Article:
partnerships, and where owner is unknown..... 6% Non-resident foreign corporations....
1272% Interest upon corporate obligations containing a tax
free covenant clause paid to individuals or part-
2% Non-resident alien individuals who are citizens or residents of Canada or Mexico may claim the benefit of withholding at the reduced rates of 2 per cent and 4 per cent on the first $8,000 of net income from compensation for labor or personal services performed in the United States in excess of the credits allowed by Section 216 of the Law (page 69) provided they file Form 1115 with their employers not later than February 1 of the following year.
Q. When must withholding agents file returns?
A. Returns must be filed on or before March 15 of each year and any tax withheld must be paid to the Collector on or before June 15. Where tax is withheld from interest on corporate obligations, withholding agents also must make monthly reports under regulations prescribed by the Commissioner.
INFORMATION AT SOURCE Q. When are information reports required?
A. Every individual, partnership, corporation or fiduciary paying interest, rent, salaries, commissions or any income of a fixed or determinable nature amounting to $1,000 or more in any
calendar year to another individual, partnership or fiduciary, must report such payments to the Commissioner of Internal Revenue, Sorting Section, Washington, D. C. Certain payments, although more than $1,000, need not be reported. These items are set forth in Article 1073 of Treasury Department Regulations 65, a copy of which may be obtained from your local Collector of Internal Revenue.
Q. Must corporations report dividends paid to stockholders?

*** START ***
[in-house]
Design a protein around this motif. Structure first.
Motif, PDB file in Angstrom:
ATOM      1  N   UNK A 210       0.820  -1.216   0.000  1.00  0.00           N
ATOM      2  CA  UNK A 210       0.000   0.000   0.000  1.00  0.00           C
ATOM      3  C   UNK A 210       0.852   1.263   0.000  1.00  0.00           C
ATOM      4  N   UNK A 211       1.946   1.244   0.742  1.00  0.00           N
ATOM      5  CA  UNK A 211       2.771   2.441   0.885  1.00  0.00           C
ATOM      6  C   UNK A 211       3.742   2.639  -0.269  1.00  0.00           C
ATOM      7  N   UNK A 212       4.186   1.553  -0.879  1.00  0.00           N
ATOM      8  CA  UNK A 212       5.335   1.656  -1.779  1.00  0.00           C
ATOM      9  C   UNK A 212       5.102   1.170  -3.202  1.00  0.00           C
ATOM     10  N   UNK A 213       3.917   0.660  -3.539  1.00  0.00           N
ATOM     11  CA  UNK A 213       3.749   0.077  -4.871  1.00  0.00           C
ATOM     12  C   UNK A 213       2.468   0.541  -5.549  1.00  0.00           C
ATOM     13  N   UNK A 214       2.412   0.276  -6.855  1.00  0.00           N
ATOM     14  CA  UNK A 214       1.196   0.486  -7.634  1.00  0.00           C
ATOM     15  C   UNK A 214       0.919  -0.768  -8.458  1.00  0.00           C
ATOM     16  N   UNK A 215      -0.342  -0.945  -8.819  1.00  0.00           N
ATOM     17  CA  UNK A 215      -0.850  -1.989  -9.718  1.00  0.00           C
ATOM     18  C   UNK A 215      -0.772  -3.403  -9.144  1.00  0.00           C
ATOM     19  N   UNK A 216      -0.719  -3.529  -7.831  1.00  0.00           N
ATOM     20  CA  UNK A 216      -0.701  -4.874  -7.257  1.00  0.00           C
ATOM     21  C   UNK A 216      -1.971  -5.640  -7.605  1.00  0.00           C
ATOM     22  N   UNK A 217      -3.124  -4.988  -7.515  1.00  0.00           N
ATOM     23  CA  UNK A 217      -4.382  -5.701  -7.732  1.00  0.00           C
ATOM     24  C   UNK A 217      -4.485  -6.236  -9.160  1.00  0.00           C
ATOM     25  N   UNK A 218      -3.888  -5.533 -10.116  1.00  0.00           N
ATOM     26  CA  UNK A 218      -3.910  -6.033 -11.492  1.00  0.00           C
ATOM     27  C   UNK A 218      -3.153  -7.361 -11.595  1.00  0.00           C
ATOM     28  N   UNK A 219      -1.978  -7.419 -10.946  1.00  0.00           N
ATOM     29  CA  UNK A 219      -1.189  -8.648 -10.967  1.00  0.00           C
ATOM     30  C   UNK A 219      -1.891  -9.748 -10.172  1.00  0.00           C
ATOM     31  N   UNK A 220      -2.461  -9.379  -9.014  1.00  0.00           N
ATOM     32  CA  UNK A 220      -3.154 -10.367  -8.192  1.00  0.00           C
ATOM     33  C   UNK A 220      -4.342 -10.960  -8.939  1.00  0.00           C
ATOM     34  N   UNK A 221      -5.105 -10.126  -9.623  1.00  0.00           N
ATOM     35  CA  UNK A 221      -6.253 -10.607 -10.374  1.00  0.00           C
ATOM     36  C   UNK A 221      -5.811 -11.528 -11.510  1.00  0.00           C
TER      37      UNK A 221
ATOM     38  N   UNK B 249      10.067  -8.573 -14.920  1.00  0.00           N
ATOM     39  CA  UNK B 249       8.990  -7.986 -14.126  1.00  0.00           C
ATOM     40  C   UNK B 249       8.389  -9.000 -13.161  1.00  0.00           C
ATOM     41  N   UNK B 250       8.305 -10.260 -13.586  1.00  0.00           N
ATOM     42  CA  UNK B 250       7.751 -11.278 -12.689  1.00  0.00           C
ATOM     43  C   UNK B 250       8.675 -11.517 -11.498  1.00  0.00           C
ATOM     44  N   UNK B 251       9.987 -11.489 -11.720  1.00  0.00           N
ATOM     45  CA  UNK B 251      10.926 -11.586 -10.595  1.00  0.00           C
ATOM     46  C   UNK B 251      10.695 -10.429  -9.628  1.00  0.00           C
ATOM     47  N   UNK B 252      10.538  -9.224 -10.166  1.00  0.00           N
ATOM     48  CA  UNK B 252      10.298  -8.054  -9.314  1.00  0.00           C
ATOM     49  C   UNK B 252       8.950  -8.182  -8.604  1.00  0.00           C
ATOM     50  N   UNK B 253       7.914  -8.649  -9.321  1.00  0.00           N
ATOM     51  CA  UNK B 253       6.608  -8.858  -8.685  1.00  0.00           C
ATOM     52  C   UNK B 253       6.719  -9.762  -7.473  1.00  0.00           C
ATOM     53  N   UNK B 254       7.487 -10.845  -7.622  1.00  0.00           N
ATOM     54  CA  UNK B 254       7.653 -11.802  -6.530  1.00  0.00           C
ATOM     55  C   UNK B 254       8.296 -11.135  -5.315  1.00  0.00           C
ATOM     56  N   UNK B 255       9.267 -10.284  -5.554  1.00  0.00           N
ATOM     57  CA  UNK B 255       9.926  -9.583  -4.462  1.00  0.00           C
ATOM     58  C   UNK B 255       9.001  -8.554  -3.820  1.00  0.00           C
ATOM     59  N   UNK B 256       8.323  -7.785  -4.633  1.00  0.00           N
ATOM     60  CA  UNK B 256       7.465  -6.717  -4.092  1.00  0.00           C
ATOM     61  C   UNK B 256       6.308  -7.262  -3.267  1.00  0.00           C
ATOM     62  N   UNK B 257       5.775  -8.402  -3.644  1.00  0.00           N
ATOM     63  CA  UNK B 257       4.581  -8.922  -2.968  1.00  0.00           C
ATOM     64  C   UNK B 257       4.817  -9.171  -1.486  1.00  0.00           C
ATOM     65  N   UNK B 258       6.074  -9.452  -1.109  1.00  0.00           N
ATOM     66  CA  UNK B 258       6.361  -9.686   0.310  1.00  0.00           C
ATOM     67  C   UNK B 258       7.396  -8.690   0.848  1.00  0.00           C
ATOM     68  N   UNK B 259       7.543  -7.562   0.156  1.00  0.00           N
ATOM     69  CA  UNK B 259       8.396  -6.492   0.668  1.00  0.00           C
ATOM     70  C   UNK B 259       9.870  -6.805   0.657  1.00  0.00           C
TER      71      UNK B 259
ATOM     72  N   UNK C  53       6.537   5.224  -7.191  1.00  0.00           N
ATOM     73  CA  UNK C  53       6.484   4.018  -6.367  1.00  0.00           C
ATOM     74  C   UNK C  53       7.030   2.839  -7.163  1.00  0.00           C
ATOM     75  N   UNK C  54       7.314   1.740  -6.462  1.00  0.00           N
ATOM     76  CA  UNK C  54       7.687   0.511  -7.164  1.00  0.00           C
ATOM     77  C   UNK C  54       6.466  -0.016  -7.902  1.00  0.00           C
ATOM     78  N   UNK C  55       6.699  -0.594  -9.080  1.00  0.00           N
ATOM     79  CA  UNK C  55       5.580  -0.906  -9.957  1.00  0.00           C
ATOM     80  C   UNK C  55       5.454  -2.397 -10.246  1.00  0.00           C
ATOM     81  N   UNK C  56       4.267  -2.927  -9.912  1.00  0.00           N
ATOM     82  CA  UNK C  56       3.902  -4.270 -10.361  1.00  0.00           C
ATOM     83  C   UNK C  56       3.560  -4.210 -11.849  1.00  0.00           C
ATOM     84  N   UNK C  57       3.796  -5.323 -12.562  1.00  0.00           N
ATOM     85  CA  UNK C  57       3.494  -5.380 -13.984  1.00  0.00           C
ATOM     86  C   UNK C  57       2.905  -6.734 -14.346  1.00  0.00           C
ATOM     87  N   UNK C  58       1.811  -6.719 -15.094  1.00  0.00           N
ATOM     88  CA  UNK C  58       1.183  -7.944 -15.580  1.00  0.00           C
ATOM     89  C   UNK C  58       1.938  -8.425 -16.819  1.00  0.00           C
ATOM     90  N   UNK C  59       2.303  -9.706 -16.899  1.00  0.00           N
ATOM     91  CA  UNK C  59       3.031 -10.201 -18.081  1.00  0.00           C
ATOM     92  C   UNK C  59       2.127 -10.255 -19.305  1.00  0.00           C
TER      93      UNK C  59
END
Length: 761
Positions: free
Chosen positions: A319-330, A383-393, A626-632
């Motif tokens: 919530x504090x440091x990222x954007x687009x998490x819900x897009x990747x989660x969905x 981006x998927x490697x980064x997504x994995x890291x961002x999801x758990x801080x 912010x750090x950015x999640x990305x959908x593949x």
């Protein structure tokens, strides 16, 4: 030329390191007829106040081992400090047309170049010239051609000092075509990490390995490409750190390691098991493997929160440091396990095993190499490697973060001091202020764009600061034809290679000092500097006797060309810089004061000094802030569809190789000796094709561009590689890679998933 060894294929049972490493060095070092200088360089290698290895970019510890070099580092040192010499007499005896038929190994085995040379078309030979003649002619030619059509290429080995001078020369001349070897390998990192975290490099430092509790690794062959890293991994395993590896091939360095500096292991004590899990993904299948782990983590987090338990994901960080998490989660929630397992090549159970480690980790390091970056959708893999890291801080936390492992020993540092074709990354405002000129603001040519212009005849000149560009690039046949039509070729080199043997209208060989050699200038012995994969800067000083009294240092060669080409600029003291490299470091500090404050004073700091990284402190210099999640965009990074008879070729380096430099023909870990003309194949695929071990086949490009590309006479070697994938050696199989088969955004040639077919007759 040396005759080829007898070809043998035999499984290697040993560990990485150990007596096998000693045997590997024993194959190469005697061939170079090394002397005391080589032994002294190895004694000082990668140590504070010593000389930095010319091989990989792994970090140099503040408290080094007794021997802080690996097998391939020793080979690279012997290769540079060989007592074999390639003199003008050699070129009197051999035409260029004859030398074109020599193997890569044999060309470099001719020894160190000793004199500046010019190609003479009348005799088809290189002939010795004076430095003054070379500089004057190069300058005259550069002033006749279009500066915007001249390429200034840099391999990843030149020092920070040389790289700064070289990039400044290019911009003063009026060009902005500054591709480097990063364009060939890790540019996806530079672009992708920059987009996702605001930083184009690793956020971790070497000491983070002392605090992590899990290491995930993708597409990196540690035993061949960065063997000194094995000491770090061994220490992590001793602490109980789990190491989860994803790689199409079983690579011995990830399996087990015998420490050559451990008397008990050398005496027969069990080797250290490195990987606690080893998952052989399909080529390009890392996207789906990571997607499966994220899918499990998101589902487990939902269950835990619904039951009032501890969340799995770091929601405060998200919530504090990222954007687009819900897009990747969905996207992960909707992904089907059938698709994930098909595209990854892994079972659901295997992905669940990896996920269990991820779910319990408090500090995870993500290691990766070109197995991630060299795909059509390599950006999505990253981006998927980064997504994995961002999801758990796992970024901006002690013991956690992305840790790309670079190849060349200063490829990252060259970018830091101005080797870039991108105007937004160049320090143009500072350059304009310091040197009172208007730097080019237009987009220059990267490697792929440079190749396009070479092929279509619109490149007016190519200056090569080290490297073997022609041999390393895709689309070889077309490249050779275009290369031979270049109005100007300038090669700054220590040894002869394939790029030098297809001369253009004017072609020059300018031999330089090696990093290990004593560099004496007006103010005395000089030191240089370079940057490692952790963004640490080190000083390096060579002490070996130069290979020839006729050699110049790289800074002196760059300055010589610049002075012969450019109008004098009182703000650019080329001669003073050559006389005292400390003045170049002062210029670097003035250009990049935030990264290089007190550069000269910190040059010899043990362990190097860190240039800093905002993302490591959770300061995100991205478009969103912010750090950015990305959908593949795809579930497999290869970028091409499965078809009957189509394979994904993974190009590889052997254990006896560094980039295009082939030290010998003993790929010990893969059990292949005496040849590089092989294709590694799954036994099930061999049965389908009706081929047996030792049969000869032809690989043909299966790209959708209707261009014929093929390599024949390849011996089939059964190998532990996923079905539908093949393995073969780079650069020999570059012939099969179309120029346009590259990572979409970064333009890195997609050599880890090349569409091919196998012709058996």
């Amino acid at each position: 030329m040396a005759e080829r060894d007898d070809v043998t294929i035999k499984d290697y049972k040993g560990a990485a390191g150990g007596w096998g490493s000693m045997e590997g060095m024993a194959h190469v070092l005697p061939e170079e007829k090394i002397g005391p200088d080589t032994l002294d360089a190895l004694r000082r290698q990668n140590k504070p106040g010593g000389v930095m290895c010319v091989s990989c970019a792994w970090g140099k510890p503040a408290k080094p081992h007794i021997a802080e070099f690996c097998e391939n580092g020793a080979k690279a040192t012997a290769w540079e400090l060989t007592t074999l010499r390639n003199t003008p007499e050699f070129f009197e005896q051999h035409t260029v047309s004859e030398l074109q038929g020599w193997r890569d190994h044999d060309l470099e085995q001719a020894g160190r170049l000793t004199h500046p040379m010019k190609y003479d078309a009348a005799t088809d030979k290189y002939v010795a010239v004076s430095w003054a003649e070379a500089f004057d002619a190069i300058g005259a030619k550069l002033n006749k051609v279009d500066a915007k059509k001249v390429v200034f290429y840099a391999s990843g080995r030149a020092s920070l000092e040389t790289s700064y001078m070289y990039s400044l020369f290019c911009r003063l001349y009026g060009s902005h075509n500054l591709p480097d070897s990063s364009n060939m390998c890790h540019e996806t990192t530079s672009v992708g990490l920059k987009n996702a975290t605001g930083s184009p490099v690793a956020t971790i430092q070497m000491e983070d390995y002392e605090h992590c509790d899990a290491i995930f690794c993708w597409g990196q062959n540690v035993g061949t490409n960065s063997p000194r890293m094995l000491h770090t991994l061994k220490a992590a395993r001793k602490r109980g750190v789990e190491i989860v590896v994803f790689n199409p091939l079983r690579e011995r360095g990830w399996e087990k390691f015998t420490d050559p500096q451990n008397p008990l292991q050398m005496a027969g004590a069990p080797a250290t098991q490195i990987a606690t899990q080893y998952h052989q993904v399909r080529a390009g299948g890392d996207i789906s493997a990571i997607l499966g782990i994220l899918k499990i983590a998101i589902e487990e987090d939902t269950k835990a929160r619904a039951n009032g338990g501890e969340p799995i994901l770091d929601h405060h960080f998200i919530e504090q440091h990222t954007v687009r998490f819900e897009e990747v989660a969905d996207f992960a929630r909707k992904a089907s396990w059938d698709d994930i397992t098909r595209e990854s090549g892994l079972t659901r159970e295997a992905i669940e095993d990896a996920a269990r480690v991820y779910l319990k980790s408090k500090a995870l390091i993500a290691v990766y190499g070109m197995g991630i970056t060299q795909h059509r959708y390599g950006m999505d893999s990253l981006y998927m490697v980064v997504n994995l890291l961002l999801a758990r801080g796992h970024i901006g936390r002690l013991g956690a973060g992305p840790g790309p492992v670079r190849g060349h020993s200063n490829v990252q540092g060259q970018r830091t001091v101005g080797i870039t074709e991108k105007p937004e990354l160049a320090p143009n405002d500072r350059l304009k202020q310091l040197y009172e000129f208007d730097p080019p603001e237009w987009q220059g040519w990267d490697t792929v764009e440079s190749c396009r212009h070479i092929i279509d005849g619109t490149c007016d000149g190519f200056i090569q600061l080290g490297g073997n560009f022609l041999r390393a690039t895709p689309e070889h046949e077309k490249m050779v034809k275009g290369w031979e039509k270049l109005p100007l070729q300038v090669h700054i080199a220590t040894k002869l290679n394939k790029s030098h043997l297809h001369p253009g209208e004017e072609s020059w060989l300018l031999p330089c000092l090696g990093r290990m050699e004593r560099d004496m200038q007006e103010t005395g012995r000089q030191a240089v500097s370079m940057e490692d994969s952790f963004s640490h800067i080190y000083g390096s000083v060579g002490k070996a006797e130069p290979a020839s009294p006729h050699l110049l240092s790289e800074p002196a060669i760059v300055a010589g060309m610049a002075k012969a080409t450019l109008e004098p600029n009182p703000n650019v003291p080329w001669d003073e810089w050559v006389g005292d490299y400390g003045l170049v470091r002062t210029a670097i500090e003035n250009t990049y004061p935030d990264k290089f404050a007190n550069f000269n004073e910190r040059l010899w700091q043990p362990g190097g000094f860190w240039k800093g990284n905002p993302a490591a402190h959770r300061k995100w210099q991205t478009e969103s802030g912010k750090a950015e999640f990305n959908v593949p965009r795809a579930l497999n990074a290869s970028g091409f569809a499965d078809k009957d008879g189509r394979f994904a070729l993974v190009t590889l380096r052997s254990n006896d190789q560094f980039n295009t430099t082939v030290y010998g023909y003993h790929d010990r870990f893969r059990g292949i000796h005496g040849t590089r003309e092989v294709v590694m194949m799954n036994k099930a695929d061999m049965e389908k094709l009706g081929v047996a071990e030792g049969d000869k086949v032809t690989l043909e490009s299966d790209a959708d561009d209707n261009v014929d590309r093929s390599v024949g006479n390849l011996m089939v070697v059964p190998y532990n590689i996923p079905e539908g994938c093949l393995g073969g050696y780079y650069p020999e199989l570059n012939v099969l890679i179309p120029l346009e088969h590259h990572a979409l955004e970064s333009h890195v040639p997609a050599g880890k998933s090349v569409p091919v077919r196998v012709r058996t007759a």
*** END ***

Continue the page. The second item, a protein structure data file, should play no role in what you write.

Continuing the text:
A. Every domestic corporation, not specifically exempt from taxation, making payment of dividends and distributions (other than liquidating dividends and stock dividends or other nontaxable distributions) to any stockholder who is an individual, fiduciary or partnership, amounting to $500 or more during the calendar year, must make an information return on Form 1097 stating the names and addresses of the shareholders to whom the payments were made and the amount paid to each. Resident foreign corporations also must report dividend payments and distributions of $500 or more to the extent that they are made to citizens or residents of the United States, and domestic partnerships or fiduciaries.
Q. When must information reports be filed?
A. Information reports must be made on the basis of the calendar year. They are due on or before March 15 of each year, or at any other time prescribed by Treasury Regulations.
Q. During 1924 I paid my bank $1,500 interest on a loan. Must I make an information report of this to the Government?
A. No. According to Article 1073 of the Treasury Department Regulations, payments of any type made to corporations need not be reported.
CAPITAL STOCK TAX
Title VII, Section 700, Revenue Act, 1924 Returns
Every domestic corporation and every foreign corporation engaged in business in the United States must file a return in July of each year in accordance with such regulations as the Commissioner of Internal Revenue may prescribe. Exempt Corporations The following are not subject to this tax:
(1) Corporations not engaged in business (or, in the case of a foreign corporation, not engaged in business in the United States) during the preceding fiscal year, i.e., the twelve months ending June 30.
(2) Corporations listed in Section 231 of the 1924 Act. (Page 78.)
(3) Any insurance company subject to tax under Sections 243 or 246 of the 1924 Act. (Pages 84 and 86.) Basis and Rate of Tax
This is an annual excise tax paid in advance for the privilege of doing business in a corporate capacity during the period of twelve months beginning July 1. The rate of tax is $1 for each $1,000 of the fair average value above $5,000 of the corporation's capital stock during the twelve months preceding July 1, or any part thereof during which the corporation was in existence. The tax on a foreign corporation is $1 for each $1,000 of the average amount of capital employed in the transaction of its business in the United States during the preceding year ending June 30 without deduction of the $5,000 exemption allowed domestic corporations.
A corporation beginning business after July 1 is not subject to tax until the following July 1.
STAMP TAXES Title VIII, Sections 800-807, Revenue Act, 1924, Schedule A
Internal revenue stamps must be affixed to the following documents in the amounts specified: